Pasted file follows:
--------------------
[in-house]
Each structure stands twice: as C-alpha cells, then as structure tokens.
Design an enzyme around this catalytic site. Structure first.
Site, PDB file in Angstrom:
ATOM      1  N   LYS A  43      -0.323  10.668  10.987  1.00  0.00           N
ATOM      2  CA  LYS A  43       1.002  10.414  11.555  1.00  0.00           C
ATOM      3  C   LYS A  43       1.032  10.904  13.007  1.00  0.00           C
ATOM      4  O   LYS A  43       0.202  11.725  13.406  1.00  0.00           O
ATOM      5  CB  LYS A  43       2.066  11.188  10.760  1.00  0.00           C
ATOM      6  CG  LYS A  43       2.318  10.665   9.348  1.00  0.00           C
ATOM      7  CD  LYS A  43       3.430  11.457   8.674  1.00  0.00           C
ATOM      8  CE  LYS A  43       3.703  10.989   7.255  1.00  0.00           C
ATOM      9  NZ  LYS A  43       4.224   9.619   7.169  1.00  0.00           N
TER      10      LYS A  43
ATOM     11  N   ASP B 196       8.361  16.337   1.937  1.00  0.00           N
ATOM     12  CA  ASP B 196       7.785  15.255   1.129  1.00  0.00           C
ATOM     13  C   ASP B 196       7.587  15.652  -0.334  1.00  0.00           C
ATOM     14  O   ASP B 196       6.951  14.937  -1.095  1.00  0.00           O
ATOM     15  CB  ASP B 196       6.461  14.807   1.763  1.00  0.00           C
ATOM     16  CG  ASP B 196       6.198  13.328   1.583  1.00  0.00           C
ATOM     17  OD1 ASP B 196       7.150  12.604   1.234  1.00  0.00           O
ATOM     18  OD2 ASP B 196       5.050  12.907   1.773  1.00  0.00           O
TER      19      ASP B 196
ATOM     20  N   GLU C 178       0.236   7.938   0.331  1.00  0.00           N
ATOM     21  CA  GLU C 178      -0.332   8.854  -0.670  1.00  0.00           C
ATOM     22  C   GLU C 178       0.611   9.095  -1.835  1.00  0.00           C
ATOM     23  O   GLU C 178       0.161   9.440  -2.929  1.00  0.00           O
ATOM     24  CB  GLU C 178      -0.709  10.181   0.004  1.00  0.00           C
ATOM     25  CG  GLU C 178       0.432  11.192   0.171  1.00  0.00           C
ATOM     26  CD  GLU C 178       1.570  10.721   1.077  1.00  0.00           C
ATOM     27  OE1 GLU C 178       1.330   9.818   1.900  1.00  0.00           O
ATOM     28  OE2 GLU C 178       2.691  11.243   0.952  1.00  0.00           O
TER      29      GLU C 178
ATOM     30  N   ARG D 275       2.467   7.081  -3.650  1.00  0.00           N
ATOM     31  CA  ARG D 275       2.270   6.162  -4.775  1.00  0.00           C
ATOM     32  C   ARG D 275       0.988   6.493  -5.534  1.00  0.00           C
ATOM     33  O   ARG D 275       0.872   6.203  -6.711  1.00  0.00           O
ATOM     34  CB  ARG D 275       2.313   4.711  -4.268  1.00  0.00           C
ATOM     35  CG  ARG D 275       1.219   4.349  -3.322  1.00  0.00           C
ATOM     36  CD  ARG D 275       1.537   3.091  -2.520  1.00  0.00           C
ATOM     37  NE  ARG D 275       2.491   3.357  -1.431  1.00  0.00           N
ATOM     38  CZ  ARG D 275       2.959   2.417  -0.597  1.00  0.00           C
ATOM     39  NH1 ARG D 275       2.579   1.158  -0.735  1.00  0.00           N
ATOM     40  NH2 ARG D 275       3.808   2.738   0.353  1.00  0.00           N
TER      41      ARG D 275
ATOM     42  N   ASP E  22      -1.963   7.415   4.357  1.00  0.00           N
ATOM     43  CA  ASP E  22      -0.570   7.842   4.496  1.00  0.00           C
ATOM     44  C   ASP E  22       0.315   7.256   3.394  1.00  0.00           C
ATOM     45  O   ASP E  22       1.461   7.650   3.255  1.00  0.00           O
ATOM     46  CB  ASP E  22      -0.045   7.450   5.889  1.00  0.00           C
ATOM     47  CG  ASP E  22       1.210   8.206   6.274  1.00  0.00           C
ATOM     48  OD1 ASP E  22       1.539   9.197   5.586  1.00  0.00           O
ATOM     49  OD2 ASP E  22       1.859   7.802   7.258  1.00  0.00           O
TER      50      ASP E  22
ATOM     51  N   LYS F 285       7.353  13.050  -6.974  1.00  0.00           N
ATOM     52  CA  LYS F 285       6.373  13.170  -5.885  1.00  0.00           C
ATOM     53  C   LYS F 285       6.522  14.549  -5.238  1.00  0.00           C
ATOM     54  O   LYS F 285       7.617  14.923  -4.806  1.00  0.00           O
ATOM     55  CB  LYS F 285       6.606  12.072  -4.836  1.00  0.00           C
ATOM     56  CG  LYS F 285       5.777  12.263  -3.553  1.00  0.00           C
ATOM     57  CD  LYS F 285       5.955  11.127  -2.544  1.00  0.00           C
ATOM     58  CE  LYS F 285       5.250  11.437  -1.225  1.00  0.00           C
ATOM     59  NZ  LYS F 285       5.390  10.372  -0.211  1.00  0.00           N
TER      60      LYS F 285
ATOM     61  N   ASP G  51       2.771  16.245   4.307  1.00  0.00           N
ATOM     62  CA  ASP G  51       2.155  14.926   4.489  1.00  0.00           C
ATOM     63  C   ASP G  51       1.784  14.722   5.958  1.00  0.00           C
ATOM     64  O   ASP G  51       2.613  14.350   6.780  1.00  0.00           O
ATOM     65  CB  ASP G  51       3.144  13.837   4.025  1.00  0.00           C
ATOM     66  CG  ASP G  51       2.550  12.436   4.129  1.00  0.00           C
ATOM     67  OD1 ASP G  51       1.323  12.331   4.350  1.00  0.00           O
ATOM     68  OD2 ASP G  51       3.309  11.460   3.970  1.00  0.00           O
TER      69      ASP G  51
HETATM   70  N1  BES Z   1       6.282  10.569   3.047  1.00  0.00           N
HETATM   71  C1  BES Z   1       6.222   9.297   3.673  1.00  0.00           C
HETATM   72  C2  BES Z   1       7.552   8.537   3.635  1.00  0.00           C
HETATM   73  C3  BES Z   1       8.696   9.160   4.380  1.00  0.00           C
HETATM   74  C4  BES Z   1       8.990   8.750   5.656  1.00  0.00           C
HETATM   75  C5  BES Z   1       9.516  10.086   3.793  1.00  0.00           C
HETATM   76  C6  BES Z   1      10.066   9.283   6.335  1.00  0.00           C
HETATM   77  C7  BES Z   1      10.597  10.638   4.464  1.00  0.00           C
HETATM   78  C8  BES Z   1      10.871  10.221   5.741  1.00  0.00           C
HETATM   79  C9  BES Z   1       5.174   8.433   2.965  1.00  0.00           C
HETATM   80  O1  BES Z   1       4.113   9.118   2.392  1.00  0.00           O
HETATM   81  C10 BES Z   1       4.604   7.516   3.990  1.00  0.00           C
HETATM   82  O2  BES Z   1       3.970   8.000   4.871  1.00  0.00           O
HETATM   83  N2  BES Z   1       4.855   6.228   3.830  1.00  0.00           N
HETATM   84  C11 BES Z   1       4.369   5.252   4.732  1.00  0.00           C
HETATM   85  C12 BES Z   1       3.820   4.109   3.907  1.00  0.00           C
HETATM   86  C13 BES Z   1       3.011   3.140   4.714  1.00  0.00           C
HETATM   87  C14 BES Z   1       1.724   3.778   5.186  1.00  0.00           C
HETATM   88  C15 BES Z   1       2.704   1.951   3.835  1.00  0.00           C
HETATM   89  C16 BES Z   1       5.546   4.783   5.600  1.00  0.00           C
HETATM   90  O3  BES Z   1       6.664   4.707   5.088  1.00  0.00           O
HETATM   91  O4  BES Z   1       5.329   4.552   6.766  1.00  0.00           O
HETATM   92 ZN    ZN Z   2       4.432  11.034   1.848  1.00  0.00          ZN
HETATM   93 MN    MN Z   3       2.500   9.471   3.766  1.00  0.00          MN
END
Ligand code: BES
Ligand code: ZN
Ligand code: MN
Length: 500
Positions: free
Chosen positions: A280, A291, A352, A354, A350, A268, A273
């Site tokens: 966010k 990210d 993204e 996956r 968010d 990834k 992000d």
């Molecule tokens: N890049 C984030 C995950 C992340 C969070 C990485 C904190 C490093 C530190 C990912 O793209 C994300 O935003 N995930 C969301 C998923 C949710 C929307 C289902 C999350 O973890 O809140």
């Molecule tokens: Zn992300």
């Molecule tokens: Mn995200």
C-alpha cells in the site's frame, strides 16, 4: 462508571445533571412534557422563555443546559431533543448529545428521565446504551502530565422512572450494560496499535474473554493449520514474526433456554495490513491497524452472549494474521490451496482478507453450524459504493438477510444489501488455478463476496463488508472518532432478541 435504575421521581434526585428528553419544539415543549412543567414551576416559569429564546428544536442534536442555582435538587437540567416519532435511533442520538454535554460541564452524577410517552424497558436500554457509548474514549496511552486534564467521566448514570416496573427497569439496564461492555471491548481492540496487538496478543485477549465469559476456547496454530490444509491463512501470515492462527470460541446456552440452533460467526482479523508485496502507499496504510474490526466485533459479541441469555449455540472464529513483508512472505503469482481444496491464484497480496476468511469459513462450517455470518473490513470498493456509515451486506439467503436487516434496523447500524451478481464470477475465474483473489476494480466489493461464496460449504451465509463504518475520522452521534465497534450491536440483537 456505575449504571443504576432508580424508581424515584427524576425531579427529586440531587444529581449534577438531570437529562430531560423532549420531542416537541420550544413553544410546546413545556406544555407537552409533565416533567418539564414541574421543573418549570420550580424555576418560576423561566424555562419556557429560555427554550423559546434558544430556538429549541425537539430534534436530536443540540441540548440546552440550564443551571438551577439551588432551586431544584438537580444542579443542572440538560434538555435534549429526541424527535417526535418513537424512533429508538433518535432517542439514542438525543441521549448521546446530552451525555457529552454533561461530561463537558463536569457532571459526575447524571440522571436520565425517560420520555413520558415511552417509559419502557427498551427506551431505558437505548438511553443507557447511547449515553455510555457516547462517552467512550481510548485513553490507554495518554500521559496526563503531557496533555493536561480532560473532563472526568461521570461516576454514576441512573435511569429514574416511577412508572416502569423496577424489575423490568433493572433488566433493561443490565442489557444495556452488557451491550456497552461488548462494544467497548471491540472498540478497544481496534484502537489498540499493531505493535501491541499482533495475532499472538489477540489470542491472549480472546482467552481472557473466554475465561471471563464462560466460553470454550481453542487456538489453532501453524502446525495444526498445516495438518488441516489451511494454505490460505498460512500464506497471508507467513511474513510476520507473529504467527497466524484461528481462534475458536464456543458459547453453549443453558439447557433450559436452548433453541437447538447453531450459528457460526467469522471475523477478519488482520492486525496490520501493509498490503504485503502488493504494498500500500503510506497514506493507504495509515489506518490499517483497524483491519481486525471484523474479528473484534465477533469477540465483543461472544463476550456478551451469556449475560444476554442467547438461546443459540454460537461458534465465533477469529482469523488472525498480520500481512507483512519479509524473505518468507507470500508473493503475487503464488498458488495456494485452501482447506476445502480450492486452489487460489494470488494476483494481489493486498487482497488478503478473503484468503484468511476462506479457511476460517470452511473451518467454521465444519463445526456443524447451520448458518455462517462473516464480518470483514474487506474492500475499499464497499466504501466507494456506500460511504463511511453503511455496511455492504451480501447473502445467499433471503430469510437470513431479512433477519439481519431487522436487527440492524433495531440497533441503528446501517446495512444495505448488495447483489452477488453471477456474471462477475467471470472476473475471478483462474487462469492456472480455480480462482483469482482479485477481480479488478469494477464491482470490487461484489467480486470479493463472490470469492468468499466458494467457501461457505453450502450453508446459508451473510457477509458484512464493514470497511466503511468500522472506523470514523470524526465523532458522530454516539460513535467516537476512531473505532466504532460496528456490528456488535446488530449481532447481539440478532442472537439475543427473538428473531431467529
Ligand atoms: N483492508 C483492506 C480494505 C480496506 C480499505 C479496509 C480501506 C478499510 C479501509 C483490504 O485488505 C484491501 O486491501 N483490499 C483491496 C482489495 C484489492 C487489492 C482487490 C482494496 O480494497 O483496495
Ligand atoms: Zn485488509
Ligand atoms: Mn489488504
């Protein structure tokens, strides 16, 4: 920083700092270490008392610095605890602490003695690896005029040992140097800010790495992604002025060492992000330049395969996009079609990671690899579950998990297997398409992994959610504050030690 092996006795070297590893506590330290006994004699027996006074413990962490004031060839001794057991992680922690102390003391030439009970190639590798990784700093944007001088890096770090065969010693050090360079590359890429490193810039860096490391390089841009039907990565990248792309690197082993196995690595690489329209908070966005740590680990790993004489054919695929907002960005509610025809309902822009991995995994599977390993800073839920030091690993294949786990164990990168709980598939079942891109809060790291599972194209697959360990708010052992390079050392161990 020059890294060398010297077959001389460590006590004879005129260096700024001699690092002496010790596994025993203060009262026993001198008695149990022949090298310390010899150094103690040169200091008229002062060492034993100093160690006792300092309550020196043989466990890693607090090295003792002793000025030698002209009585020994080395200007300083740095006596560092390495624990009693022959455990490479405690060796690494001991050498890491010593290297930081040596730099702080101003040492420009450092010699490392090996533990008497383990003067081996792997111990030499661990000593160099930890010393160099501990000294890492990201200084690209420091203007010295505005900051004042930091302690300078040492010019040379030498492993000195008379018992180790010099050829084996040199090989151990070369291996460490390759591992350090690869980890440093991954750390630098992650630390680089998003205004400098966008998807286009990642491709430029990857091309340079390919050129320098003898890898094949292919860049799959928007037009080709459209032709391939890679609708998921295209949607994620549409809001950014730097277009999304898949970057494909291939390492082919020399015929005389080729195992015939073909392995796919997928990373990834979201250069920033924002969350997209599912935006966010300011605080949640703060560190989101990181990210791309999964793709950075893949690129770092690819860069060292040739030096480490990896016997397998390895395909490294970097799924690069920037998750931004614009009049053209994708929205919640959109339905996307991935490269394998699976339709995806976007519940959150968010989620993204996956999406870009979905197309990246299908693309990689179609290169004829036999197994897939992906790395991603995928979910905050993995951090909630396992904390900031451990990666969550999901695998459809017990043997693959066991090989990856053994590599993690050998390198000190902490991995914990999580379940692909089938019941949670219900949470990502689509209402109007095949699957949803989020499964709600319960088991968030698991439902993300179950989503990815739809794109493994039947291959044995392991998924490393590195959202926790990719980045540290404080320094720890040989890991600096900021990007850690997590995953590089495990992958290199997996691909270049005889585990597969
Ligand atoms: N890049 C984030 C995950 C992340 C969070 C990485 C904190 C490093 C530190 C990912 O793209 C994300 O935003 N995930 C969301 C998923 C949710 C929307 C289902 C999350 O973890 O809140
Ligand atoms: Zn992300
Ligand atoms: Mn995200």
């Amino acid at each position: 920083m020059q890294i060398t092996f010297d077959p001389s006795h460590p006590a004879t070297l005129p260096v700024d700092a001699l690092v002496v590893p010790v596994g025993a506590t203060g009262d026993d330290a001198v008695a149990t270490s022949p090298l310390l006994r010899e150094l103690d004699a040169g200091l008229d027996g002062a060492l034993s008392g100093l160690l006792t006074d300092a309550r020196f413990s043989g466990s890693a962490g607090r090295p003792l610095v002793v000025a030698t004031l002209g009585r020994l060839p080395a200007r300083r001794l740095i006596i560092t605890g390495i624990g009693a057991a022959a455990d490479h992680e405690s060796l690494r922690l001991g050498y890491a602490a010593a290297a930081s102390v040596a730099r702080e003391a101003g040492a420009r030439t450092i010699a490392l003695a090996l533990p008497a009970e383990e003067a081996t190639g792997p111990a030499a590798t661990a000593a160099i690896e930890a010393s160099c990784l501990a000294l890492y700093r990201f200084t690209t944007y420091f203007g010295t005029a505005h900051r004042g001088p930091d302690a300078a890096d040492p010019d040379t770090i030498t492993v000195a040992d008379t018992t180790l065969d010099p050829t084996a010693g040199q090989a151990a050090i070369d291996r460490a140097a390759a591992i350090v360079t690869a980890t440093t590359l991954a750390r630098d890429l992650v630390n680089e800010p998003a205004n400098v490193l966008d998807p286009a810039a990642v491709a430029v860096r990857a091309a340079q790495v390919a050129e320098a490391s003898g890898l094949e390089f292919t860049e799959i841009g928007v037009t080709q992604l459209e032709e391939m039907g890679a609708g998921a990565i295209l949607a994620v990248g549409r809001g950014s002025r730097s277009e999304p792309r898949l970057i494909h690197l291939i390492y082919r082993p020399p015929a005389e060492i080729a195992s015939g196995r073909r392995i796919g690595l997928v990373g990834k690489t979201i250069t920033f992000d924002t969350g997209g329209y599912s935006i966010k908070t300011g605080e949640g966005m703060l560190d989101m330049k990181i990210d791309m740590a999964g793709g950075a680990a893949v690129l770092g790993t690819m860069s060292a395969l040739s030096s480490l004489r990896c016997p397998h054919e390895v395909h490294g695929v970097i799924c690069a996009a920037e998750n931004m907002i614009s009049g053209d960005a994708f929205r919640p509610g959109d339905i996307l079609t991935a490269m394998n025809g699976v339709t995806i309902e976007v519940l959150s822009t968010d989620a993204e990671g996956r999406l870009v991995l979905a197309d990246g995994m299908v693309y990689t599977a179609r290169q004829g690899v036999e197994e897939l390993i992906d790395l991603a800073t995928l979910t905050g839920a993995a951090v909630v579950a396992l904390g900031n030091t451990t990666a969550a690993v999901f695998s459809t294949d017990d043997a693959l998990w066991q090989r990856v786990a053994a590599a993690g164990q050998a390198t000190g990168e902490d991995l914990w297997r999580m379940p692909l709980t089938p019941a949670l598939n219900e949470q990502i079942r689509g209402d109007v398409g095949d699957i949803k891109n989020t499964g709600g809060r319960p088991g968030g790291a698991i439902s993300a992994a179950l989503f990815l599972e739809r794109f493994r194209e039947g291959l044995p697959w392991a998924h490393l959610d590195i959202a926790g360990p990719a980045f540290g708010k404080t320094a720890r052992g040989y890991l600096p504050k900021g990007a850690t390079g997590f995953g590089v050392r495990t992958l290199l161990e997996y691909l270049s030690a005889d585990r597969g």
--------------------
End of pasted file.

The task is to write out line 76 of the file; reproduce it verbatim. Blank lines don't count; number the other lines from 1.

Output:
HETATM   72  C2  BES Z   1       7.552   8.537   3.635  1.00  0.00           C